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Greg Burk: Everyone Should Be Present

By Published: November 14, 2005
AAJ: "Prelude to Surrender is a solo piano piece. This one is very elusive to me; I like it very much but it's hard for me to describe or pin down. One part of it seemed like Debussy fused with stride piano. Over its six minutes, it changes in terms of content and style—it's like a subtle sort of suite where the sections morph and mutate. But it also seems improvised to me; how composed is it?

GB: Well, at the beginning of that piece I play a fragment of the melody that starts off the next piece, "Truth Be Bold.

AAJ: Ah, that was my next question.

GB: Yeah, it's an intro that I improvised to the 19-minute tune that follows it. They really were played in that order. I didn't decide I was going to do a solo piece. We were just playing and Bob laid out and Steve laid out—and I just played [laughing]. You know, that came at the end of two days of recording. We recorded almost five CDs worth of material. I mean, there are just hours and hours of stuff. And I don't think I was thinking anything at that point. Maybe it was a suite, because maybe I was reliving parts of the things we had done over the course of the two days, remembering them. Or I knew we were going to play this tune ["Truth Be Bold ] and it's kind of a special tune to me, so this was kind of a discarding all of the other ideas that I had in mind so I could play it as freshly as possible. I don't know exactly, but you're right, I do go through a lot of styles in a succession and they kind of lead to one another in a weird way. It's kind of a mystery to me too, that tune [laughing].

I do a lot of solo playing, and I do a lot of recording; I used to record every six months in Boston—just go and record two, four hours of solo piano—and that's where a lot of the rubato material comes from. It's a process of discovering ideas that are either already there or are being developed as I'm discovering them, but it's composing as well. I don't really think of improvising as composing in the moment, like a lot of people do, because to me the key in an improvisation is the tension between the improviser and his or her material. So if that relationship is completely fresh, it's not like you're delving into some kind of information you've accumulated. Then it creates a certain tension that to me is the real satisfaction in doing it. Composing is an out-of-time process, as it should be, because you're trying to distill an idea to its clearest expression. Whereas with improvising—I think of it as trying to bring the moment into focus. You're trying to take the tension of what what you want to say and what you're saying and bring them close together. You know, 'Trane was a huge influence when I first started listening to jazz. And for me, that's the power of his music: it's the process he's going through when he's playing that is so powerful. More than the content of what's happening—which is fantastic as well.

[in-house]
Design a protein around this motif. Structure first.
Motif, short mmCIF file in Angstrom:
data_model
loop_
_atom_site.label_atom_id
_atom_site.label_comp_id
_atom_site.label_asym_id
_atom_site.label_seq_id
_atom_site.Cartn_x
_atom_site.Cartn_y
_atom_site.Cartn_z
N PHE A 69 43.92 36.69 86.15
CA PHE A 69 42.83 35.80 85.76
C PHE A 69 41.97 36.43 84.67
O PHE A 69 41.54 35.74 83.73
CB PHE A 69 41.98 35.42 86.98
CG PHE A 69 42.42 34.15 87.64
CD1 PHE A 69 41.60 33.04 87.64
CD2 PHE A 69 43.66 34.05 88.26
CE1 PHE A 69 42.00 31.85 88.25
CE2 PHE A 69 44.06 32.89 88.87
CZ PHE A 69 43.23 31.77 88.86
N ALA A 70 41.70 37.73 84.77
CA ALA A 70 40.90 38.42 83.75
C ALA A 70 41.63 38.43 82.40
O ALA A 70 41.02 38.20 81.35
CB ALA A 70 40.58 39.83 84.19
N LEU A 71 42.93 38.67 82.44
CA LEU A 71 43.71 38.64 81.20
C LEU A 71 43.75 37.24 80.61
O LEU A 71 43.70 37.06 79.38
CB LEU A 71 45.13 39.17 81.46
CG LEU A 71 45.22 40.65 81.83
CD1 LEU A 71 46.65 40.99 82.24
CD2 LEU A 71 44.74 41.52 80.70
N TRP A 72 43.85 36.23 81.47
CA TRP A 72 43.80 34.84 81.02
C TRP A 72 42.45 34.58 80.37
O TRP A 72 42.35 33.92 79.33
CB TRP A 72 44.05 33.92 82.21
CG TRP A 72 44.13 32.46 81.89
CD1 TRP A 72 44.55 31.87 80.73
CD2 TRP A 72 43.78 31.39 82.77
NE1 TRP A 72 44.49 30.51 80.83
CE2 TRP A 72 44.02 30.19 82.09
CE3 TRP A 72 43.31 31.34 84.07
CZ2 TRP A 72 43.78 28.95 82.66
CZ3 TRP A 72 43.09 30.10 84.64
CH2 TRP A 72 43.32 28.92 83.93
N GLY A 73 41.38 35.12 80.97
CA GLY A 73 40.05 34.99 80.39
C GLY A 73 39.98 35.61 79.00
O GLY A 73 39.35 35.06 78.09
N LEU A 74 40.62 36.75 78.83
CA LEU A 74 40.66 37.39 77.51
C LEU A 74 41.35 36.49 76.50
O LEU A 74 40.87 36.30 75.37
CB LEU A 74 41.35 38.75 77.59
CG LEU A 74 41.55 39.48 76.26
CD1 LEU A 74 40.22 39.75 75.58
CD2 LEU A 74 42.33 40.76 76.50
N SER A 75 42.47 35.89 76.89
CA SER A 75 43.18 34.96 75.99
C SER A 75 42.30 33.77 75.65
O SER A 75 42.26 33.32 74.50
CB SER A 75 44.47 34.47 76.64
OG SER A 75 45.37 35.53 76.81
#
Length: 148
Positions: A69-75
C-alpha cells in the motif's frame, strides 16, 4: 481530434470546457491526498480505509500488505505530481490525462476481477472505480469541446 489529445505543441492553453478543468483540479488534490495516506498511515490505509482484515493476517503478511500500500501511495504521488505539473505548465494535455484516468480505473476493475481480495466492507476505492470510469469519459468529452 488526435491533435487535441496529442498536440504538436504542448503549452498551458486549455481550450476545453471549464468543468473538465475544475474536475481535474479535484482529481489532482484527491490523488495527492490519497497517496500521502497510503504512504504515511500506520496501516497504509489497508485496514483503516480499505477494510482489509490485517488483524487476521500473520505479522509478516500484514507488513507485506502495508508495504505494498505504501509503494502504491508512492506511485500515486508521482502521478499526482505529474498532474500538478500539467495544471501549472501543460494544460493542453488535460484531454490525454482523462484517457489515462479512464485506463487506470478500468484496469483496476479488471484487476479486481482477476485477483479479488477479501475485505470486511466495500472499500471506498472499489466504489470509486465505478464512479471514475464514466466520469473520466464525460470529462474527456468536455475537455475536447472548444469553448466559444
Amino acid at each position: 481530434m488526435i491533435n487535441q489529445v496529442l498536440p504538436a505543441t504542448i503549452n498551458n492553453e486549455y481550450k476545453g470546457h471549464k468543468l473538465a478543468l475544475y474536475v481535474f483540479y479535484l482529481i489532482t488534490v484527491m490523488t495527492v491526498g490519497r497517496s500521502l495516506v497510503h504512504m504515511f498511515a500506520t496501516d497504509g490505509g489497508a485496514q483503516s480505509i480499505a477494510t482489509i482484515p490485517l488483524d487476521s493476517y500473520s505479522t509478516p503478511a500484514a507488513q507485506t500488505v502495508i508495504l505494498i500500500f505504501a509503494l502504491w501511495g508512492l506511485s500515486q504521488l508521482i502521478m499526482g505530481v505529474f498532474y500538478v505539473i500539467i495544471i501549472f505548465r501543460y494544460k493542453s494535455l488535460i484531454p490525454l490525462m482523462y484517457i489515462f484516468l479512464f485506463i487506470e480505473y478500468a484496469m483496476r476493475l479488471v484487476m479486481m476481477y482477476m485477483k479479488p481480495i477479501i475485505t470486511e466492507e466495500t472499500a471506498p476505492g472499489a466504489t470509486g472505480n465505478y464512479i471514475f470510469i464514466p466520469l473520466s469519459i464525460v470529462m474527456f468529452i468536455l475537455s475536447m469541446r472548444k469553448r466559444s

AAJ: Yes, it's okay. Actually, I don't really hear any overt influences on this record. On the previous one, Carpe Momentum, I do feel I hear some McCoy Tyner and Coltrane.

GB: Yeah, definitely. Well, [saxophonist Jerry] Bergonzi was playing on that session; he's obviously listened to a lot of 'Trane. And when he would play things, it would spark and we would connect on that sort of idea there. But yeah, you're right. I feel that this is a more personal statement. Carpe Momentum is another record where it's a deliberate attempt to unite these two things—my inside playing and my outside playing, my rubato playing with my time playing—and see how many different ways I can try to put them together. And Bergonzi was the obvious choice for that, not just because I love playing with him. Like Swallow, he's got a whole side that you don't find on his records too often, so it was an opportunity to bring out that side of his music, too.

AAJ: I like that guy. I think he should be a bigger deal. But I haven't heard him so much in that outside context that you brought out on that session.

GB: Yeah, just rhythmically free. It's funny, because rubato playing is a lot harder to do than it seems because it's easy for the music to feel lethargic. Either lethargic or hyperactive—it's hard to balance those two poles, for me anyways. And when I listen to a lot of rubato music, I feel it pulling towards those two poles. So it's hard to balance those two things, and the people I enjoy hearing do that are people that have played both sides, like Swallow, Moses, Bley. And Jarrett, Gary Peacock—a lot of people in the sixties. I mean, Freddie Hubbard played on [Coltrane's] Ascension. It's like there are so many great musicians in the jazz world that don't play this way; what would Wynton Marsalis sound like playing rubato? Or a context like Ascension? I'm sure he would sound fantastic. But people are more attached now to their particular style, it seems. Maybe people were in the sixties, too, but but there were a lot of musicians doing both.

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